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Summertime Temptations: How To Make Sure Your Child Is Ready For Summer Camp

01 June 2017

Getting your kids ready for summer camp

For kids, summertime means fun in the sun, time off from school, and the chance to spend some time away from Mom and Dad at camp. This sense of freedom is necessary for older kids, and it can help them learn a little responsibility once they realize they have to do some things on their own. However, it also means they might be exposed to the temptations of drugs and alcohol as well as potential hazards, such as water accidents, poisonous plants, snakes, heat exhaustion, and dehydration. It’s important, then, to prepare your child for all of these things and more before they leave for camp.

Talk to your child about the dangers of peer pressure and what experimentation can lead to. Be open and encourage him to be honest with you about his thoughts and feelings. Trusting your child can be difficult when it comes to making good choices away from home for the first time, but it’s a step in the right direction to start a conversation.

“Kids learn about being part of a community and to cope with temporary separation. They’re not only a good transitional step for kids but also for parents, who often need to learn these same separation skills,” says Peg Smith of the American Camp Association .

Here are a few of the best tips on how to prepare your child for summer camp.

Do some research

Depending on what state you live in, the camp your child attends may come with snakes, poison ivy, mosquitoes, and other natural hazards. While any good camp will have precautions put in place to keep the kids safe, it’s a good idea to make sure your child knows what to avoid and what to do in case of an emergency. Spending any amount of time outdoors is bound to lead to bug bites, and since mosquitoes can carry disease, talk to your child about the importance of wearing bug spray or a bug-repellant bracelet, how to spot a dangerous snake, and what sort of plants to avoid.

It’s also recommended that you go over basic outdoor safety rules with your child. This means staying with a friend or group when hiking or partaking in any activity that moves them away from the main camp area, using life jackets at all times in the water, and knowing the signs of heat exhaustion. Make sure the staff will allow your child to drink plenty of water when spending any time outdoors.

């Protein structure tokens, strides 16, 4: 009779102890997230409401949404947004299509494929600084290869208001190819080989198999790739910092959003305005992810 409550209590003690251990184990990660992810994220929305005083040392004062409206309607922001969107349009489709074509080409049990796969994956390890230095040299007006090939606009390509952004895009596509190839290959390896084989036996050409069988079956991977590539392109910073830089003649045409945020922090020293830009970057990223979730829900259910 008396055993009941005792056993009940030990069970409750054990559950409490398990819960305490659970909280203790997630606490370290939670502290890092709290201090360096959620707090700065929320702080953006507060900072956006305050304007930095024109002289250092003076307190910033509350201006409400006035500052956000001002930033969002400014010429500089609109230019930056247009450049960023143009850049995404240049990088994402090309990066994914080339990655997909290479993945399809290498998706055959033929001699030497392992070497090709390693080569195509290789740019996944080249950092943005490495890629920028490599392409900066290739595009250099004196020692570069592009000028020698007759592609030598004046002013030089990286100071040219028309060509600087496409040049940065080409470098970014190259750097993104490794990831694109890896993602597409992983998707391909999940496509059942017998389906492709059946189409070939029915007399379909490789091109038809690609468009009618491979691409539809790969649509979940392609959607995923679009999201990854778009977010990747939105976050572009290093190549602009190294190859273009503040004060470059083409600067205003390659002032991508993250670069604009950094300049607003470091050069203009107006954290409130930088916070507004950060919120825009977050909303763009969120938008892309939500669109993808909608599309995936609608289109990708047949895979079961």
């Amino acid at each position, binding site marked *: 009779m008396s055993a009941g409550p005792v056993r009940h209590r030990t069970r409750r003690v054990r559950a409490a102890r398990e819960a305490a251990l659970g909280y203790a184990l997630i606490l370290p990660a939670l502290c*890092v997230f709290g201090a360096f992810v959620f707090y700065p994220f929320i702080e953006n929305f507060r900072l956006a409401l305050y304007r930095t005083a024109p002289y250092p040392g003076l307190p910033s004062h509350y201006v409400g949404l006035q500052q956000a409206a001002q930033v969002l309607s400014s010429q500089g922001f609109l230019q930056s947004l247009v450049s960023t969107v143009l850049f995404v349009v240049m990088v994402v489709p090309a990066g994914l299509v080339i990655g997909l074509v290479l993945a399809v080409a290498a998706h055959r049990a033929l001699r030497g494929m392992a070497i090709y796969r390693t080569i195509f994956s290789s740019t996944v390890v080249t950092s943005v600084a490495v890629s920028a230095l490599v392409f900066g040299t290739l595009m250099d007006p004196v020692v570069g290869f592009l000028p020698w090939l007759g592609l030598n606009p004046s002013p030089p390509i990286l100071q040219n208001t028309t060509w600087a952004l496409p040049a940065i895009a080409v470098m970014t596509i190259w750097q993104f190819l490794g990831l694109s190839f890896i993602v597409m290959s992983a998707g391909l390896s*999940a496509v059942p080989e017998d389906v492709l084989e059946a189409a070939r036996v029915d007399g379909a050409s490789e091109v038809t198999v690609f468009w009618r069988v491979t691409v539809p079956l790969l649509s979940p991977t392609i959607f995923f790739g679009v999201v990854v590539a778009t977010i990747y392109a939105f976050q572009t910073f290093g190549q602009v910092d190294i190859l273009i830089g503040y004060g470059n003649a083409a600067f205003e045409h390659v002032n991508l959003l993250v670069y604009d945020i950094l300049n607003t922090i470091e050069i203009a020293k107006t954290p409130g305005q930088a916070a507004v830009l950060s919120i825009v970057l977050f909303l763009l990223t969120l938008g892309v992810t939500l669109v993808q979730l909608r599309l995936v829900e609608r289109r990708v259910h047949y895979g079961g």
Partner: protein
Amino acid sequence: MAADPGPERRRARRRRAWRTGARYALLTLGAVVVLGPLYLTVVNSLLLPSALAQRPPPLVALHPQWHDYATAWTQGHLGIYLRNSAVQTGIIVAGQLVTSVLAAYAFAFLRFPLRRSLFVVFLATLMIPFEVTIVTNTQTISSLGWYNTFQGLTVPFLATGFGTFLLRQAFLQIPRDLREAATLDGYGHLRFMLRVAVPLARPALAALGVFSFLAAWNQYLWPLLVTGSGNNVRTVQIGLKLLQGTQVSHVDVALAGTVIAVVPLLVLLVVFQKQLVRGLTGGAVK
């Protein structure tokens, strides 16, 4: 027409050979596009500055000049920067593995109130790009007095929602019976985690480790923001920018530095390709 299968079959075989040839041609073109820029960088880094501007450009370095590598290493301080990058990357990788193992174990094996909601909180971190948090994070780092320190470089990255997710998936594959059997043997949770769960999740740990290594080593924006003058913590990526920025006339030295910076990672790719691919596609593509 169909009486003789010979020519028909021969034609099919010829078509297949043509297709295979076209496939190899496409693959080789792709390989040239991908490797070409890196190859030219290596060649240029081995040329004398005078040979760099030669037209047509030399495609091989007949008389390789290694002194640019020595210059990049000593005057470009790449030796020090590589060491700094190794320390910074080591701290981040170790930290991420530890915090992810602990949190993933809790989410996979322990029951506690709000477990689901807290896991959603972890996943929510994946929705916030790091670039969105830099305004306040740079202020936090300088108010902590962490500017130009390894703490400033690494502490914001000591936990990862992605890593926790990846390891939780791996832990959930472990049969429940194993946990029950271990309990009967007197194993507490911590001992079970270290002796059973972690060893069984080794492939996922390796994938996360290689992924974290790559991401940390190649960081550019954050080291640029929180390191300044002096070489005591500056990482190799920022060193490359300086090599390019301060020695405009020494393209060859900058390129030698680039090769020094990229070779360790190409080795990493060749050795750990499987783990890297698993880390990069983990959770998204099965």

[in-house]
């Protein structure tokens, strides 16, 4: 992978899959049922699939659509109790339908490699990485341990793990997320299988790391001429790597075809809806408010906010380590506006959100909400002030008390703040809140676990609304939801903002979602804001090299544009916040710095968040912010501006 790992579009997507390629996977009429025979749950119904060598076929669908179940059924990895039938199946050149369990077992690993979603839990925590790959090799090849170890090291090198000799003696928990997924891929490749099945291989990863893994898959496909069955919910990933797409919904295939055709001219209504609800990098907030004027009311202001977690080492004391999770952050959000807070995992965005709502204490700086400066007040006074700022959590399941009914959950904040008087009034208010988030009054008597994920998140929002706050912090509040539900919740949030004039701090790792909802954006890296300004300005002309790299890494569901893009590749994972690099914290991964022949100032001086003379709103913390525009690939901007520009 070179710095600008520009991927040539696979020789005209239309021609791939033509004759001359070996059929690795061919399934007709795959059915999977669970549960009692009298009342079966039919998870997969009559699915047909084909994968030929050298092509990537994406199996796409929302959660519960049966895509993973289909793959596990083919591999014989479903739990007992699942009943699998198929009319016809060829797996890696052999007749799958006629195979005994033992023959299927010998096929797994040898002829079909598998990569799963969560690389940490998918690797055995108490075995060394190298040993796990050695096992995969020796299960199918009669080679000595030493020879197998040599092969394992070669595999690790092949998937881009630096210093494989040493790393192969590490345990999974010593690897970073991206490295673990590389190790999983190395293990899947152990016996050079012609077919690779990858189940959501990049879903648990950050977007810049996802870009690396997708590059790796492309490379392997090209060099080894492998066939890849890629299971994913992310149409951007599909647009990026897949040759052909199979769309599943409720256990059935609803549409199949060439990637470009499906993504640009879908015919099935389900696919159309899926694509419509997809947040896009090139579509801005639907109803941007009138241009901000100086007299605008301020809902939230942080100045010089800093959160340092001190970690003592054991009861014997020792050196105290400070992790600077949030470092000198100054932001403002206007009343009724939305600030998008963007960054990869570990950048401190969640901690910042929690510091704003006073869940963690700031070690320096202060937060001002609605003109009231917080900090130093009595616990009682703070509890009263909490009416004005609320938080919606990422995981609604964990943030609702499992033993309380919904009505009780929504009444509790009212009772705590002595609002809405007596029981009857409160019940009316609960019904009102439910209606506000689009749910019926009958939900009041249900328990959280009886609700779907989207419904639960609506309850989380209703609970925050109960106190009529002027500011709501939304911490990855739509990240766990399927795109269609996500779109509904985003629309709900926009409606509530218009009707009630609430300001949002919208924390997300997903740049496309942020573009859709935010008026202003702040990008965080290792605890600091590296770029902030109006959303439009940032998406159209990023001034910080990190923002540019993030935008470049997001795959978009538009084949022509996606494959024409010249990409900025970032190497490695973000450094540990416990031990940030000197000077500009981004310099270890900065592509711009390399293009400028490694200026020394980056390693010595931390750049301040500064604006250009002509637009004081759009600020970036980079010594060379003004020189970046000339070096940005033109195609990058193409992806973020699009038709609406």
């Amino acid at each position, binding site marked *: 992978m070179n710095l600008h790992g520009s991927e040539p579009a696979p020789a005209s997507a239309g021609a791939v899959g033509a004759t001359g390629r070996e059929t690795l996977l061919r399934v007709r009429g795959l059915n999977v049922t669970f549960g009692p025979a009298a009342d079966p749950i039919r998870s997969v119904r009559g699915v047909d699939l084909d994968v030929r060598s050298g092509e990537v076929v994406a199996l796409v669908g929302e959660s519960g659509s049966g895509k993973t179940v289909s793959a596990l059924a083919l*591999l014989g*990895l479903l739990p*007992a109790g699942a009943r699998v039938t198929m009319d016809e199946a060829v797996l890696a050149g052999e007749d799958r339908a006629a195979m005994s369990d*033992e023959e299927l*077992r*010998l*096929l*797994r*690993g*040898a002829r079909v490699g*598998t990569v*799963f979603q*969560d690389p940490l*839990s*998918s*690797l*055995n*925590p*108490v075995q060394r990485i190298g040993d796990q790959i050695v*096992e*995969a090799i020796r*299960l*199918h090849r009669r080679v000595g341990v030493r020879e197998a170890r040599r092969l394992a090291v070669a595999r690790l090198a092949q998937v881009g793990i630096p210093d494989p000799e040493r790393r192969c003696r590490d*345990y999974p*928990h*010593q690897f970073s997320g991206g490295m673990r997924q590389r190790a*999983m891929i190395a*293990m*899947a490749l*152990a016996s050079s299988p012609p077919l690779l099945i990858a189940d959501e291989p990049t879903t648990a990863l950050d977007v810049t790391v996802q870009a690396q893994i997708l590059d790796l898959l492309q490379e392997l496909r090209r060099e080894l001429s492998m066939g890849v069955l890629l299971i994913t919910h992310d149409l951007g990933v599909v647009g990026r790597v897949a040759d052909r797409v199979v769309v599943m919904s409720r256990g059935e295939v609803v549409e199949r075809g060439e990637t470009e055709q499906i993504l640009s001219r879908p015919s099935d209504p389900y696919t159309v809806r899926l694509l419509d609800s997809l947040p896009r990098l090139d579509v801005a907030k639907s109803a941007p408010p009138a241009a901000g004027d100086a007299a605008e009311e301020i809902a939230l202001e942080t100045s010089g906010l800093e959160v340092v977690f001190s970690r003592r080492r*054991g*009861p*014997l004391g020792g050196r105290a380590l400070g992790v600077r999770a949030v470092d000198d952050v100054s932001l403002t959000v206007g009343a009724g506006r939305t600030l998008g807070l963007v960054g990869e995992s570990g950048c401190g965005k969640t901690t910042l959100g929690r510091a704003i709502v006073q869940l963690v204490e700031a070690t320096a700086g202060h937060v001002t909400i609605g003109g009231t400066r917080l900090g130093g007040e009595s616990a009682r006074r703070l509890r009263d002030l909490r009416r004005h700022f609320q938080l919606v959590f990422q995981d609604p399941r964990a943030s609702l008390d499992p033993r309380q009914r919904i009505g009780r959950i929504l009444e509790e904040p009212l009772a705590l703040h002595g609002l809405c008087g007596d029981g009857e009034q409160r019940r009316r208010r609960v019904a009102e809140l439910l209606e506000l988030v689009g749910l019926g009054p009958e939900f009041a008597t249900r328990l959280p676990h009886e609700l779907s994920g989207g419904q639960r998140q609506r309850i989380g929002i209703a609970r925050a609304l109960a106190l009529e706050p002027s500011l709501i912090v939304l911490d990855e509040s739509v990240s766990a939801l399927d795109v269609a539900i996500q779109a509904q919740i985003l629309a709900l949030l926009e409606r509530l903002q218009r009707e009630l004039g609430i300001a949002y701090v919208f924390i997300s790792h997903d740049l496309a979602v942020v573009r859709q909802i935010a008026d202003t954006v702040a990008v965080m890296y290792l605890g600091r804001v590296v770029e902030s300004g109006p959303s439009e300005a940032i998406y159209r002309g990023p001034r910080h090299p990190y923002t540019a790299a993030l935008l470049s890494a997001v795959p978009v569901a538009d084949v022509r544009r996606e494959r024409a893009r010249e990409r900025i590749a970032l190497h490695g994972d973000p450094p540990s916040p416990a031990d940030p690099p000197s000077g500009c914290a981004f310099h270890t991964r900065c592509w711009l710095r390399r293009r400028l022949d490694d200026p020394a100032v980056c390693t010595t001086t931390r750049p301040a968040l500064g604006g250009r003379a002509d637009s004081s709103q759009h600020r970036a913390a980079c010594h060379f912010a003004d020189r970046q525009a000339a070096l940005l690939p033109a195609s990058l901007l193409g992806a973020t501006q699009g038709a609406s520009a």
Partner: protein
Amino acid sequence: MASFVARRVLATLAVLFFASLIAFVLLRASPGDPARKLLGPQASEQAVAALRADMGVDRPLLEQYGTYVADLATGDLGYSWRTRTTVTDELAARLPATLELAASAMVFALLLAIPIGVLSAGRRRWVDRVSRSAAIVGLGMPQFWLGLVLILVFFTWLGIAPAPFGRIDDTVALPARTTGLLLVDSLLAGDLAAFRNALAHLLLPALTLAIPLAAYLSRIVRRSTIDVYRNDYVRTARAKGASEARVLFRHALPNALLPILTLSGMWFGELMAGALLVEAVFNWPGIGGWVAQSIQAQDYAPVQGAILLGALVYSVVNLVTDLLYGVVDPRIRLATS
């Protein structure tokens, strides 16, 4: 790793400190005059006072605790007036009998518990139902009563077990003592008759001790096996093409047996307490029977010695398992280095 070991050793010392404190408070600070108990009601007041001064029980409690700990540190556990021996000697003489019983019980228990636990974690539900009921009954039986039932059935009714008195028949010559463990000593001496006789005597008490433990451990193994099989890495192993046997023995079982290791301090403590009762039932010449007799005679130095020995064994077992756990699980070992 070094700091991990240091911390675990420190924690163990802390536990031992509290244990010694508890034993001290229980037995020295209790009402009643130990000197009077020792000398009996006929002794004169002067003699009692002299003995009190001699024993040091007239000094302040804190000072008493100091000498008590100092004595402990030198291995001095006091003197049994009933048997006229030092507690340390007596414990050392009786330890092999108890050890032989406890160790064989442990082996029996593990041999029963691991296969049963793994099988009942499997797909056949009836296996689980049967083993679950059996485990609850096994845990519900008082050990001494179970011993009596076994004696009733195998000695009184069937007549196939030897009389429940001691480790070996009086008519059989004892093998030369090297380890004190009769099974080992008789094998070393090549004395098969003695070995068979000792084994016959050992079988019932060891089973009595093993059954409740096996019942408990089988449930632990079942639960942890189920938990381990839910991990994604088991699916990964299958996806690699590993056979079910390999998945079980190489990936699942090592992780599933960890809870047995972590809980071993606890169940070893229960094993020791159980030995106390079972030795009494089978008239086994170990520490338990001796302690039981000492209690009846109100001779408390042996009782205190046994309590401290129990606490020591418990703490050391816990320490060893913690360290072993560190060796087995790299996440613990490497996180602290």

Talk to the staff—or better yet, arrange for a tour—before the first day of camp and find out what their practices are. How do they handle homesickness? What happens in the event of an injury or emergency? Also, take a look at how many counselors there are and ask about their training. Find out whether your child will be allowed to call home if he needs to and whether you can send care packages.

Talk about temptations

There may be some older kids at camp who have access to cigarettes, drugs, or alcohol and, despite strict rules at most camps about these items, may smuggle them in. Talk to your child about the best ways to avoid peer pressure, how to say no when offered a substance, and what the consequences could be if they partake. Not only is it illegal, but it could get them kicked out of camp if they’re caught, not to mention the punishment that will be waiting for them when they get home.

Think about the best ways for your child to grow

The right summer camp will give your child the tools he needs to grow and learn, so sit down with him before school ends and talk about what he’s interested in . There are many different types of summer camps out there, with some that focus on art, science, or sports, so it’s important to narrow down the field of focus if your child wants to engage in one of those specifically. Care.com offers a list of inexpensive or free summer camp options.

Preparing your child for a fun, safe summer doesn’t have to be overwhelming. Talk about the best ways for him to spend his time and make sure he knows that the entire point is to have fun and learn new things. Give him the tools to have a wonderful summer vacation.

Photo via Pixabay by Snufkin
Contributed by Alex Robbins

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